Saturday, October 11, 2008

The John McCain I Love

I read a news report today that illustrated, for me, the true character of Senator John McCain -- the character that long ago earned my respect, eventually won my support, and ultimately secured my love and loyalty.

Yesterday, according to the article, Senator McCain was at a town-hall meeting in Minnesota where a woman who had the microphone said, "I don't trust Obama. I have read about him. He's an Arab."

At that point Senator McCain took the microphone away from the woman and said, "No, ma'am. He is a decent family man with whom I happen to have some disagreements."

If John McCain only cared about winning an election -- as part of a self-serving agenda -- then he might have considered it to have been in his interest to let this woman be. He might have thought it useful to let her stoke the fearful and bigoted hysteria to which some simple folks at his party's base might respond. But, that is not who John McCain is.

John McCain is an honorable man.
John McCain is a true patriot.
John McCain cares more about his country than a political career.
John McCain is an authentic American hero.

Too often, on both the left and the right, we political activists (and bloggers) have demonstrated a propensity toward slash and burn, scorched earth campaigns. Too often we have allowed ourselves to see "the other side" as being an evil enemy that needed to be destroyed. But, that is a lie. And, that kind of thinking is bad for America.

Our nation is currently divided in an unhealthy and artificial manner. People who would normally recognize that they have a lot in common and share similar values, now find themselves despising one another and buying into extreme agendas that they would not otherwise have accepted if our country were not so polarized. Thus, I am convinced that for our nation's wellbeing we must now seek out and support true statesmen who unite rather than divide us.

Ironically, I think that is exactly what the voters where trying to do when they selected both Barak Obama and John McCain to be the presidential candidates of their respective parties. More than any of the other candidates, these two created the impression that they were the most willing to reach across the political divide in order to serve the common good.

But, apparently, the experienced hands and the big money advisors have since gotten to them and convinced them that they had to go negative in order to win. That's too bad. And, especially in the case of my candidate, John McCain, it seems to be backfiring. (As a Mitt Romney supporter during the primaries, it kind of feels like déjà vu.)

Now, I am not saying that there should not be substantive debate. No! On the contrary! I think that is exactly what we need -- respectful and frank discourse about the individual issues. It's just that I want to hear more "big idea" speeches, and less character assassinating zingers.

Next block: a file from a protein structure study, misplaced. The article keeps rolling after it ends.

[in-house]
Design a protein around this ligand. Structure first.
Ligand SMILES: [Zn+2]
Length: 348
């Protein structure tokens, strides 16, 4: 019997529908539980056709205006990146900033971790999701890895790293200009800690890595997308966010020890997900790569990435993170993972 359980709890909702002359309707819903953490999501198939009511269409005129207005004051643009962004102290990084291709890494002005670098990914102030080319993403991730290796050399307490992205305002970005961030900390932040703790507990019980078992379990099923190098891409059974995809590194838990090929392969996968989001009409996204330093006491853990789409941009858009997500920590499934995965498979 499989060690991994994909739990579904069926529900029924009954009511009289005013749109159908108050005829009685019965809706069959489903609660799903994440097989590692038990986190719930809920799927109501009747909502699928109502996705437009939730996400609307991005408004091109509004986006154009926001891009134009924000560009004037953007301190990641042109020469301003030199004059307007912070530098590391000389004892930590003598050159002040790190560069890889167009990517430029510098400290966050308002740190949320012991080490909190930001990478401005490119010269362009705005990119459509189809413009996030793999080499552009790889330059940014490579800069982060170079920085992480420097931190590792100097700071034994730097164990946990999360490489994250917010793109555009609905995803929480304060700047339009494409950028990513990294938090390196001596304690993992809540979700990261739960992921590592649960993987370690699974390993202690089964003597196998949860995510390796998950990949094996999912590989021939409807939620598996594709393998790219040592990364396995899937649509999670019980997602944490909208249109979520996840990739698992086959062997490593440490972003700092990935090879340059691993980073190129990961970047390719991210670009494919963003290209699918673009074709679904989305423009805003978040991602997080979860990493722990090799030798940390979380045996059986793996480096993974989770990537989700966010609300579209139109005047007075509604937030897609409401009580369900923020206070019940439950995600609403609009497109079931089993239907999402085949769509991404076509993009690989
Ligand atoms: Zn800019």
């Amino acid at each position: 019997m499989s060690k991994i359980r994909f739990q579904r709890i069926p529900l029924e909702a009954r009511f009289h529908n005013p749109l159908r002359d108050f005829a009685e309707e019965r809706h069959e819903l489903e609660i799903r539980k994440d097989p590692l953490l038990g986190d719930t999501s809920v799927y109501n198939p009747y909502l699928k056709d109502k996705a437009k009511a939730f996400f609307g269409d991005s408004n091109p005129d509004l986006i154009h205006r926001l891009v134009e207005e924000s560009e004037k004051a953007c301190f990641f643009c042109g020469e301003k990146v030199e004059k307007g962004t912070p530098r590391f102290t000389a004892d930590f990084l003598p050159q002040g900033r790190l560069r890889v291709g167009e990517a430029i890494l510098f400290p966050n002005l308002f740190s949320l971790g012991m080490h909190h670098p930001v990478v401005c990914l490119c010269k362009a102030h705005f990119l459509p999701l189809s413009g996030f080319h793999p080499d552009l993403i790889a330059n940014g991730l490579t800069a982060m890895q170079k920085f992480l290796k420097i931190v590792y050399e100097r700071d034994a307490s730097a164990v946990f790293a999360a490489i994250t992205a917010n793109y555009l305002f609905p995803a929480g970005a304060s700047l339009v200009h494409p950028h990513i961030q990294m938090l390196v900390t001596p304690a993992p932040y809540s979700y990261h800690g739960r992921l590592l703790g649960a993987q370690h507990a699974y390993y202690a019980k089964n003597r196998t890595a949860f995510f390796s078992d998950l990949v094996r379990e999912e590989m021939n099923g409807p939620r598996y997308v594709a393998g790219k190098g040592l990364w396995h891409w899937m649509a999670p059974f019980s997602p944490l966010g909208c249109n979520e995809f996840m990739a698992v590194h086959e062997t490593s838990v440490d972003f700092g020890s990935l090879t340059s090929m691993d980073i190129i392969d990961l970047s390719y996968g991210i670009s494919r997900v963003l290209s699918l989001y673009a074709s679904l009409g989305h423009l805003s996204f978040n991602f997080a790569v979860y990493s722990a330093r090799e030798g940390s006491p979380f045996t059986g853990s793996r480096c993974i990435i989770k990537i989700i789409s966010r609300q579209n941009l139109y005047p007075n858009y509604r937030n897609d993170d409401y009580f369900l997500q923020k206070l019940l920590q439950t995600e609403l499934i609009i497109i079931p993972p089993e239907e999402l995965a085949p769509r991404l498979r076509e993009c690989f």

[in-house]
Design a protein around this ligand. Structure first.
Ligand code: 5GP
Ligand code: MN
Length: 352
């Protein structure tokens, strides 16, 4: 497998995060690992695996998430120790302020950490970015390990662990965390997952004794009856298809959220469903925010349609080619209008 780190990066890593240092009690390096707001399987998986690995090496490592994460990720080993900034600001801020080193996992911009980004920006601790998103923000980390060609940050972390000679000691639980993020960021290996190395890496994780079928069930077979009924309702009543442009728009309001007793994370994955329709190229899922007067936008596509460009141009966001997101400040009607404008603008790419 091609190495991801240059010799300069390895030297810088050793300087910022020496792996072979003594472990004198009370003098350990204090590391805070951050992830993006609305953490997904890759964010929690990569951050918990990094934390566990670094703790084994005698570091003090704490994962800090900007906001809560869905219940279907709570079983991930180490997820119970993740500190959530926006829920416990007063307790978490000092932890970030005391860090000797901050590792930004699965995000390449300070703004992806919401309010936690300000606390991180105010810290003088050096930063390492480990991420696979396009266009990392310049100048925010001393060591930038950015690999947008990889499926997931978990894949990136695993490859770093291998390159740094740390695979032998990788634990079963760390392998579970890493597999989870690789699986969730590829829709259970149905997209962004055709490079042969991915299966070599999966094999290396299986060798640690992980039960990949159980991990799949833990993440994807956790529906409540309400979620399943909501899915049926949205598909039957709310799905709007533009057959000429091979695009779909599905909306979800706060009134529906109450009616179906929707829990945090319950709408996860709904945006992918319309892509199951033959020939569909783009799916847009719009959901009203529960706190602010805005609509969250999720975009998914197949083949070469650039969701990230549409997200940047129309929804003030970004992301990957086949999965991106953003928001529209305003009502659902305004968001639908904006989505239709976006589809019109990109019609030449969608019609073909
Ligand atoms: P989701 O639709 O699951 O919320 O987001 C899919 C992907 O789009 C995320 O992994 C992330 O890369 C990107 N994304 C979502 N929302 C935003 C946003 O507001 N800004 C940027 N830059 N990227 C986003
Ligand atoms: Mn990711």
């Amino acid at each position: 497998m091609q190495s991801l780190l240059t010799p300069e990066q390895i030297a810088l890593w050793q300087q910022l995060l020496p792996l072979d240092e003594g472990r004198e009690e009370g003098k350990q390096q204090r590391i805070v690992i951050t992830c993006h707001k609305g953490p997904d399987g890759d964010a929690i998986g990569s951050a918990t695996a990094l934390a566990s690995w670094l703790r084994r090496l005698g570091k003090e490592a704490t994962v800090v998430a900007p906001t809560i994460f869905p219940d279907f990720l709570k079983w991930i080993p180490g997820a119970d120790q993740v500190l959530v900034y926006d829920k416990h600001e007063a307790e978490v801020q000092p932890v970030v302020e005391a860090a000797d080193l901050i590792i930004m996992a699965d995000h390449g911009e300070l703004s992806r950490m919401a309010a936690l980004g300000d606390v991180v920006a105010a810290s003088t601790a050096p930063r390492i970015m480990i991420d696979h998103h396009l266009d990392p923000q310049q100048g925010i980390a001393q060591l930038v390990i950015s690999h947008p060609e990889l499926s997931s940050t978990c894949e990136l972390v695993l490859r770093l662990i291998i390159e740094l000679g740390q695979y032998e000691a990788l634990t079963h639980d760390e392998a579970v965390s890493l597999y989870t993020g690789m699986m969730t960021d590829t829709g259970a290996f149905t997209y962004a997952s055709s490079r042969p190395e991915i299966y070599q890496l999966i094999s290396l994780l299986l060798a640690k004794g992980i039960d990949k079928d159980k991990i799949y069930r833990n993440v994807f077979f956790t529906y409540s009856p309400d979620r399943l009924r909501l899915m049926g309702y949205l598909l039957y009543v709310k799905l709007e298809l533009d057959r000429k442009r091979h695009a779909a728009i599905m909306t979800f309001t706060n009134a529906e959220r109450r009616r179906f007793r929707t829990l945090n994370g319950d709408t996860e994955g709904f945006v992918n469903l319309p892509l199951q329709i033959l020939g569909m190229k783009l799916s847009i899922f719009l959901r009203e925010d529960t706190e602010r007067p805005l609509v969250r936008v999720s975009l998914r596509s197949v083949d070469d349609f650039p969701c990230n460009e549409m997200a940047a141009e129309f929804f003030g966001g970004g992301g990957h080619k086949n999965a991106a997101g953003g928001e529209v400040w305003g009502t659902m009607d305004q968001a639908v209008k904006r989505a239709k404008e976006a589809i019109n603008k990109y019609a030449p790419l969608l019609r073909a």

Let's hope that Senator McCain and Senator Obama can set a new tone going down the stretch of this election. Whoever wins the presidency is going to have a lot on his plate once he takes office, and all of us are going to need him to be successful. May God bless him, whoever it may be.

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At Saturday, October 11, 2008 10:45:00 PM, Blogger rmwarnick said...

Let's consider another theory. Let's suppose Senator McCain has finally realized that a lot of old, bitter white racists are coming out to see him. Every time these people get media attention, he's losing more votes among the electorate at large.

In recent days, angry supporters at McCain/Palin rallies have loudly called Barack Obama a traitor and a terrorist. They have shouted out "Kill him!" and "Off with his head!"

The reason these extremists are gravitating to McCain might have something to do with the smears his campaign is putting out. All of their advertising budget is now being spent on dishonest attack ads.

It's just embarrassing when the people who take these smears seriously actually show up at events and get on TV themselves. So McCain needs to distance himself from his own base.

At Sunday, October 12, 2008 12:45:00 PM, Blogger Alienated Wannabe said...

Dear Richard,

John McCain has a long track record. He is a known commodity. We know who he is -- both his strengths and weaknesses. He has a reputation for talking straight, and being the exact opposite of what you are attempting to label him as being.

In fact, none of his long time Democratic colleagues in the Senate would go along with your theory. To a person, they would back-up what I have written. Joe Biden and many other prominent Democrats are on the record with their praise of John McCain and his character.

So, for you and or any other rabid partisan to now try and portray him as being something else is cynical and dishonest. It puts you in that same lunatic fringe as the folks you criticize.

Is that really where you want to be? Aren't you better than that?

Come on, if you are involved in grassroots Democratic politics then you know that you too have your share of racists, bigots, and embarrassments. And, Senator Obama has had to distance himself from them as well. (Ayers, Wright, etc.) So, let's not play those games, okay?


At Sunday, October 12, 2008 4:59:00 PM, Blogger rmwarnick said...

I was a dedicated McCainiac in 2000, campaigning for him in the Utah Primary. But that was eight years ago.